To get started with us right now, it's probably somewhere between $5,000 to $10,000 just to get a sample going about the system. We're looking at about order of weeks to get going. Where we're pointed is we're trying to build a developer platform. We're looking at hours and hundreds of dollars to get started. But this is the position we're at the company right now. We're not a Bugatti right now. That's good. We welcome anybody who wants to give our technology a try.
For the corporates that are thinking about getting into the space, they should think about hiring one senior AI engineer, junior engineer too, setting aside a data budget of 5,000 to $20,000 a month and then a processing budget, that's about the same. That's about the correct allocation to really get rolling quickly with something substantial.
Well, guys, that's all the time that we have for today. I can't thank you both enough for one, taking the time out of your day and seriously dropping some good knowledge on us. The part about the bias and the synthetic and where things are going with AI and everything, it was worth the time. I want to thank the listeners for listening.
Bye for now.
Computer Vision (CV) has become a buzzworthy term in commerce, but have you ever wondered how we actually teach computers to “see”? There is a lot more to Computer Vision than you might think. In this episode, hear how training data as a service is significantly cutting down on the time and manpower necessary to feed high-performance AI models the high-quality image data they need.
The views, information, or opinions expressed during DeCoded by GS1 US podcast series are solely those of the individuals involved and do not necessarily represent those of GS1 US, its employees or member companies. The podcast series is provided by GS1 US as a convenience and does not constitute or imply an endorsement, recommendation, or favoring by GS1 US of any of the identified companies, products, or services. GS1 US does not warrant or guarantee any of the products or services identified here, nor does it assume any legal liability or responsibility with respect to them.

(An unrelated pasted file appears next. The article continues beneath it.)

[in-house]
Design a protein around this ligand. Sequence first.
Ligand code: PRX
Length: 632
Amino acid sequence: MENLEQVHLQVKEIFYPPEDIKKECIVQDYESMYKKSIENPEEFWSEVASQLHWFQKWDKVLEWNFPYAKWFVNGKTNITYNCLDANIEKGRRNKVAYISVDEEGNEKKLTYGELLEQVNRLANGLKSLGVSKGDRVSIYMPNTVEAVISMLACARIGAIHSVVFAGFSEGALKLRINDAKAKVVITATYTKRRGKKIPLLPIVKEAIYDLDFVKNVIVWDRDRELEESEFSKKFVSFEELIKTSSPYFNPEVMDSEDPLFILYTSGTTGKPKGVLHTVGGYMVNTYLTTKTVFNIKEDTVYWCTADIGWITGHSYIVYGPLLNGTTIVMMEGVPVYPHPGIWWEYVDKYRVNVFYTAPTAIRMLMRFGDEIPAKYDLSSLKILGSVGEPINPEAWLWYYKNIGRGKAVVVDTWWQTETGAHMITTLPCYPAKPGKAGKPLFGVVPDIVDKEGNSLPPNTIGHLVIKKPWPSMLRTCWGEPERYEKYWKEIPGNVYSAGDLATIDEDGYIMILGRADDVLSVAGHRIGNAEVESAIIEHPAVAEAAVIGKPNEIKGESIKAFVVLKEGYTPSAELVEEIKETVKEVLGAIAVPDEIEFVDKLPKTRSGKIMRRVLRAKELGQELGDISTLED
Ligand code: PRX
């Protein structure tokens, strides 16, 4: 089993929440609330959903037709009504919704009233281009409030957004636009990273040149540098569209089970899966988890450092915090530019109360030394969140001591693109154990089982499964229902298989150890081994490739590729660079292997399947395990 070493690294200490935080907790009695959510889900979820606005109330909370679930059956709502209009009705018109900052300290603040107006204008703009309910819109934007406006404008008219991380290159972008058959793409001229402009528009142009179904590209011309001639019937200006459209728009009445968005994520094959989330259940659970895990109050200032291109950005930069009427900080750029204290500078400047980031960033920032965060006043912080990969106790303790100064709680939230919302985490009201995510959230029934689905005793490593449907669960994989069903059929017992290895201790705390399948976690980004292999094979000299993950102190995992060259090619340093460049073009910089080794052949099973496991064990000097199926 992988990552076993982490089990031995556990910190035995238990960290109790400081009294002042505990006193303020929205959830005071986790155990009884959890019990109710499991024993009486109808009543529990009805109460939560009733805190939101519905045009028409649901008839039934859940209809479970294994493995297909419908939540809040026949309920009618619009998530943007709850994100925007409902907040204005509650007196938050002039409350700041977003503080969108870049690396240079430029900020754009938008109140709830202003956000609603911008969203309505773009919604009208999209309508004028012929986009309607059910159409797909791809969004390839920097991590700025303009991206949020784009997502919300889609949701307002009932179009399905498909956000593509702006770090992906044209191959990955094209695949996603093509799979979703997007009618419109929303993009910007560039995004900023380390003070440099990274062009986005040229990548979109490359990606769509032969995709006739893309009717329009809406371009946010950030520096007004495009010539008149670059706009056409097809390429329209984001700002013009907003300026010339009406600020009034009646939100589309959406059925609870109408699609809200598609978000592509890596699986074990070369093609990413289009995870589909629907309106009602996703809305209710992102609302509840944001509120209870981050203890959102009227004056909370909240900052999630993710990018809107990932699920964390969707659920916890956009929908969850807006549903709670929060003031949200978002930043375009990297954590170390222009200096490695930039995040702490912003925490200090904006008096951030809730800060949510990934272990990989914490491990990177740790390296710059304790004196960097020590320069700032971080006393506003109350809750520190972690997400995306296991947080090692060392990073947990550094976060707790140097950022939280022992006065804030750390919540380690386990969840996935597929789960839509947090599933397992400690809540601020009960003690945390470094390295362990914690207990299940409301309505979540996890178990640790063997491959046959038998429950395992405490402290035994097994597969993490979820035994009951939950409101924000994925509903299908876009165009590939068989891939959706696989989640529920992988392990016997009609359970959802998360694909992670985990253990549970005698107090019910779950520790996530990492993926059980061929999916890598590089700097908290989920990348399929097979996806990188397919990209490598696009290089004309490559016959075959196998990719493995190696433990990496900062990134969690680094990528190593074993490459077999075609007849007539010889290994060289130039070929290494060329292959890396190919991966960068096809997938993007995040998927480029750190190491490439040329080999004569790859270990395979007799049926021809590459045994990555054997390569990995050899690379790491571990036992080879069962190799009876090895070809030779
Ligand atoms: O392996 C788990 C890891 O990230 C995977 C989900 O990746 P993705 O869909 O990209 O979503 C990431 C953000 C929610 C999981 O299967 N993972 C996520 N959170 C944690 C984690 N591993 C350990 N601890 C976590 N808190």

About Francis Bitonti and Leslie Oliver Karpas
CEO, Francis Bitonti & President, Leslie Oliver Karpas, have deep entrepreneurial backgrounds in computer vision, generative design, and robotics. Together they've won four startup competitions for LexSet including Augmented World Expo (AWE), GS1 Connect, DataConLA, and the People's Choice Award at the O'Reilly Media AI Pioneers Showcase, and were nominated for a SXSW Interactive Innovation Award this year. They were also selected as one of the winners of Verizon Built on 5G Challenge. Supporting them is a team of experts in computational geometry, deep learning, and 3D content.
About Reid Jackson
As Vice President, Corporate Development, Reid Jackson helps leads the investigation of new technologies, partnerships and business opportunities to increase the relevance and reach of GS1 Standards. Drawing on his extensive IT background and experience implementing solutions for both large and small corporations in retail, grocery, healthcare and manufacturing, Mr. Jackson helps lead the exploration of collaboration opportunities to help businesses leverage emerging technologies including the Internet of Things (IoT), blockchain, artificial intelligence, machine learning and computer vision.